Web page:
I had a pretty good day. I caught 3 Snook on live Grunts 1@ 35", 1@ 33", 1@ 37" and lost one. On cut bait I caught 1 Snook @ 35" and lost one. Remember, if the Snook quit biting, try some other method. They may still be hungry but won't bite until you show them an alternative.  Good Luck and Tight Lines!    Kayak Bob     PS  Don't forget the 30# flourocarbon leader material. I have learned my lesson.

Kayak Fishing Tampa Bay


Big drum are a challenge by kayak.   Can you get them away from the pilings like Abe did? 
July is a month for incredible fishing.    For the overall Tampa Bay area expect redfish, trout, flounder, black drum and some pompano to be great targets.   The trick to getting in on action is to use your "night vision".   Anglers who transition to low-light fishing do much better than those who fish at midday.  

For pompano and flounder, try the Gulf passes just before sunrise when the tides are flowing.    The yellow Silly Willy with a pink teaser is a great pompano "catcher".    The 12 Fathom 3-inch Mullet on a ¼ ounce jighead can be fished deep in the Pass to tempt flounder, many of which will be near 20-inches in length.   The pass action may be trumped by the bridge options.   The same Silly Willy/Teaser rig will tempt pompano and black drum at the bridges.   

For redfish and trout, get on the grassflats that get good tidal flush and work the areas that hold baitfish schools.    Keep moving until you find significant food sources and then make long casts into that area to connect on beautiful trout and hard-fighting redfish.   The water temperatures have soared so be ready to shift to another target if these fish aren't eating.   The passes and bridges mentioned above are a "best bet" if the fish are sulking in the shallow hot water.  

Flounder exited some of the inshore areas but are being caught around the passes and nearshore structure.  They should move back in again before too long.   The 12 Fathom SlamR and Mullet are great flounder baits. 

Neil Taylor
Owner and guide: 
www.strikethreekayakfishing.com
(Cell) 727-692-6345 
LivelyBaits@aol.com
Owner and site administrator: 
www.capmel.com
Co-host: Outdoor Fishing Adventures, 8 to 9AM Sundays on 1040 "The Team" ESPN Radio

More reports by Neil Taylor
Lower Tampa Bay report:    http://www.capmel.com/index.php/article/165
Capmel.com "The Kayak Report":    
http://www.capmel.com/index.php/article/198Upper Tampa Bay report:     http://www.capmel.com/index.php/article/166  


Sunday, July 6, 2014

The Heat Is ON but Snook Don't Care

A July begins, fishing for large snook is in mid stride and chances for catching a fish in the mid to high thirties (inches) exists every day…good tide or not. Areas like Honeymoon Island and Caledesi State Parks are excellent locations to track down this great gamefish.  With the Fourth of July Weekend just about over, local fishing pressure should return to normal with the "long weekend warriors" heading back to work..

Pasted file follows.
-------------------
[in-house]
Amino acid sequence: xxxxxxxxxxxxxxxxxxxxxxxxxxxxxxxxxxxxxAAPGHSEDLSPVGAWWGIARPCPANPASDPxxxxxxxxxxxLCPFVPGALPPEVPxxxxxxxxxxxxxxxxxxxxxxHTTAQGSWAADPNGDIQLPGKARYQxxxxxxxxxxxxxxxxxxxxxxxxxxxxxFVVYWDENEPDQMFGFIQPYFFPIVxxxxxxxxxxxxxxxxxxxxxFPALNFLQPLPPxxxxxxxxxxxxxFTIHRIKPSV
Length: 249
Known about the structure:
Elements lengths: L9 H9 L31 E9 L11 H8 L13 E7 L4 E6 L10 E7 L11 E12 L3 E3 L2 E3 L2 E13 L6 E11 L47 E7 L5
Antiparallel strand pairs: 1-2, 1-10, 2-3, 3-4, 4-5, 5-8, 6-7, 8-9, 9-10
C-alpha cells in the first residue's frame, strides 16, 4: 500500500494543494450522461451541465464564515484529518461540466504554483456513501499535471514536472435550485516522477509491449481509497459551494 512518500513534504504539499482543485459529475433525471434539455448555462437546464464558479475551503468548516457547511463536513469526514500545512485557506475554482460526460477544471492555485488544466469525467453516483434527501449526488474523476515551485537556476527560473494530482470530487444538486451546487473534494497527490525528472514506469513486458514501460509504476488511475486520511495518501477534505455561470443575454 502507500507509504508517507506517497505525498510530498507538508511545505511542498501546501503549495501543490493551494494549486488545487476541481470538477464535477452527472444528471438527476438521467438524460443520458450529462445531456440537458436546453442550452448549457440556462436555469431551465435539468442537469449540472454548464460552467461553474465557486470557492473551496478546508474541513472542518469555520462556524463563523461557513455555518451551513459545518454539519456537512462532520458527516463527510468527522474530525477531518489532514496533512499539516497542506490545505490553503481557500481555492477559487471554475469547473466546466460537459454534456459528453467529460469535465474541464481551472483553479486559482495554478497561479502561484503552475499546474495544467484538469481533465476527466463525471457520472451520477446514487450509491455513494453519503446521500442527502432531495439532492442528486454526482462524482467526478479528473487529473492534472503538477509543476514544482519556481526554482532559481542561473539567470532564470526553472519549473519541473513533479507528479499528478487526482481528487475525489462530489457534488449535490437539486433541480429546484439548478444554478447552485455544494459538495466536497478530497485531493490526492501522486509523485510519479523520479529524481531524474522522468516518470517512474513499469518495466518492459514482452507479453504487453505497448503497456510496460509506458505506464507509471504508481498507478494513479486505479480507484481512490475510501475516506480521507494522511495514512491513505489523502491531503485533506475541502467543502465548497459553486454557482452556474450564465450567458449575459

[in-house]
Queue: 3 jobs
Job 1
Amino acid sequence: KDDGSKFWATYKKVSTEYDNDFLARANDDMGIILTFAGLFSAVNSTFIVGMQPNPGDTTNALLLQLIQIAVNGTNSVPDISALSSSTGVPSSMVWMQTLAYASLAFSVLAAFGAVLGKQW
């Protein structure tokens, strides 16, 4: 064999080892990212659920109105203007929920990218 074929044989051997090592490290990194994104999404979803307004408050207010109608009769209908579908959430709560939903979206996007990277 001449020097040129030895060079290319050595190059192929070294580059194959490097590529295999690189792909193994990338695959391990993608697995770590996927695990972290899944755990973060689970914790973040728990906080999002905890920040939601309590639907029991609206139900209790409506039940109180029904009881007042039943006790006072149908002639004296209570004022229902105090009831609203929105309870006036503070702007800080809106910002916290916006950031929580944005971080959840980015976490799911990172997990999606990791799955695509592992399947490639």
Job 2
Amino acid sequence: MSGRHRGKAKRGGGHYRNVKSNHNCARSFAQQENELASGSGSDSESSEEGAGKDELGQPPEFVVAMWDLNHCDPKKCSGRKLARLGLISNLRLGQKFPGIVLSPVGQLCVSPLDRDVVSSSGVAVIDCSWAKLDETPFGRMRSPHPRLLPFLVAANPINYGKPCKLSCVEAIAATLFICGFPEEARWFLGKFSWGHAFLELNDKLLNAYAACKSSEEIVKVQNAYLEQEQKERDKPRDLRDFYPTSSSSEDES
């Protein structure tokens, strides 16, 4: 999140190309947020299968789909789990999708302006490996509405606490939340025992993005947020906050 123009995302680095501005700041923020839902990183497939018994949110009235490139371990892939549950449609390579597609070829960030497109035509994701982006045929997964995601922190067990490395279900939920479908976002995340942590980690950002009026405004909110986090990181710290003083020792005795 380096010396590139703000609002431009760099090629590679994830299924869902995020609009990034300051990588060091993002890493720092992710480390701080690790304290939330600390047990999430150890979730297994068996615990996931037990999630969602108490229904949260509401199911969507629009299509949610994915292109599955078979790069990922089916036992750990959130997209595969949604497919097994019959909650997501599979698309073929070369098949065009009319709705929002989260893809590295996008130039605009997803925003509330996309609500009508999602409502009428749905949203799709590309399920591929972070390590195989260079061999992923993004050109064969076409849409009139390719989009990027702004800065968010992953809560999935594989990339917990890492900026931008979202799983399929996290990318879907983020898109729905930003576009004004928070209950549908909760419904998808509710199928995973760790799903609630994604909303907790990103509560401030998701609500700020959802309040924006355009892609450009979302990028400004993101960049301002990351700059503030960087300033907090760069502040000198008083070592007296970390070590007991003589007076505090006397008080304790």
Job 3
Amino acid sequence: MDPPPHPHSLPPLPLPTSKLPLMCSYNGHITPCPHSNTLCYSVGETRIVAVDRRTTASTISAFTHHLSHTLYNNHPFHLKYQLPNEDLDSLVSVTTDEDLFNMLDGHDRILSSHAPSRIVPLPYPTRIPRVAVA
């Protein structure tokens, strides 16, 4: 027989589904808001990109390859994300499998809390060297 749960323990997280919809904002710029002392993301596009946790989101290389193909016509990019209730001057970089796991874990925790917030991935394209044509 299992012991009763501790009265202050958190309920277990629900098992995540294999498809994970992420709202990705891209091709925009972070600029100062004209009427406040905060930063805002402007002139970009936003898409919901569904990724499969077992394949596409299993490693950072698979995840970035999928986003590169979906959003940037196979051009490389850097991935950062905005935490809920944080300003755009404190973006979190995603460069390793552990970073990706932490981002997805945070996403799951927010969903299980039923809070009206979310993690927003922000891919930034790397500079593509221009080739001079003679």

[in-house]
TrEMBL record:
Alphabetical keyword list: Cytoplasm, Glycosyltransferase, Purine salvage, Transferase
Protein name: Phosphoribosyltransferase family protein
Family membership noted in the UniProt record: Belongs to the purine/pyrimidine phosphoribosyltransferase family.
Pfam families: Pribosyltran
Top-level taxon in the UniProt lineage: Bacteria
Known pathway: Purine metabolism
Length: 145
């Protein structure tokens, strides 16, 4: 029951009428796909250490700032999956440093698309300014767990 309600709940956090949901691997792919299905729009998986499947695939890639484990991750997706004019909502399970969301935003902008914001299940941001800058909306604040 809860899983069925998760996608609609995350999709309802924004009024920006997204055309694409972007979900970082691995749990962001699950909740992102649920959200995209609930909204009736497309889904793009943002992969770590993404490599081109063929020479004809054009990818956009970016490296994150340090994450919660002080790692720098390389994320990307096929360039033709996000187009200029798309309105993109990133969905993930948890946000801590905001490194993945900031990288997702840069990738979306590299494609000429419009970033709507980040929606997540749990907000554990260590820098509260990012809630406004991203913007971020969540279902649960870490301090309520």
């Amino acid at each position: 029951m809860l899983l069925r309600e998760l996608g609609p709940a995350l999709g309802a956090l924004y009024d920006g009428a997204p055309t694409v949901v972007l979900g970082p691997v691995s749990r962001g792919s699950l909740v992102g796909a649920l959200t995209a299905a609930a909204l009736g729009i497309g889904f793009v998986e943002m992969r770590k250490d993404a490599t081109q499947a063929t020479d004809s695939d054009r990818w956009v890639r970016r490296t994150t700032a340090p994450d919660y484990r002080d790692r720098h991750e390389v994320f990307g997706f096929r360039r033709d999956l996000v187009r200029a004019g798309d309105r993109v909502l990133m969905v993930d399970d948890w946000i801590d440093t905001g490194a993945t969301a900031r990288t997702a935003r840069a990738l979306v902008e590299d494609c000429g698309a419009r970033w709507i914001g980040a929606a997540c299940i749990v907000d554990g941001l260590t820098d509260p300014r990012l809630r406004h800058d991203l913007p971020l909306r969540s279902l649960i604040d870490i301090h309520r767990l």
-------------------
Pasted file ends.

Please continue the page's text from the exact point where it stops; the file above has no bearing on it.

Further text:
The good news about snook is that they are very predictable in terms of where they hold.  They return to the same locations every year unless sands have shifted and their favorite cuts and swash channels have been filled in. Therefore, they are easy to find. Granted, fish typically show up in a few new locations each year, but even these spots are predictable…new deeper cuts near passes with good water flow. To make locating them even easier, these fish are quite often very visible as they are in shallow and clear water.

So why do anglers say that snook are “smart” or hard to catch. This is mostly a function of their feeding habits.  Snook will bite with reckless abandon…if you are lucky enough to arrive when they are hungry.  A more common scenario is to pull up on fish, maybe 20 or 30 of them that are plainly visible, and cast at them for 15 to 20 minutes with not one fish showing any interest.  If the angler is lucky enough to not spook them off during this time maybe, after 30 minutes, a fish eats, followed by two more and, in a matter of minutes, the fishing day has gone from no fish to three very nice fish. Patience is a key to snook fishing.  Typically, several groups of fish need to be targeted before the reward of a first bite is achieved. Don’t spend too much time picture taking or admiring your catch.  Take your picture, revive your fish carefully and get back in the game. The clock is ticking before they shut off again.
 
As most of these beach locations are free from structure, these large fish may be caught on relatively light tackle.  Just remember that when a fish is landed, keep it in the water except for when a picture is actually being taken and do not release a fish until it can easily and comfortably swim away on it’s own. If dolphins are in the immediate vicinity, slowly trolling motor away from the area or up close to the beach or structure you are fishing in order to minimize the chance of the dolphin getting an easy meal once your fish is released.



Captain Stewart Ames
Gone Fishing Charters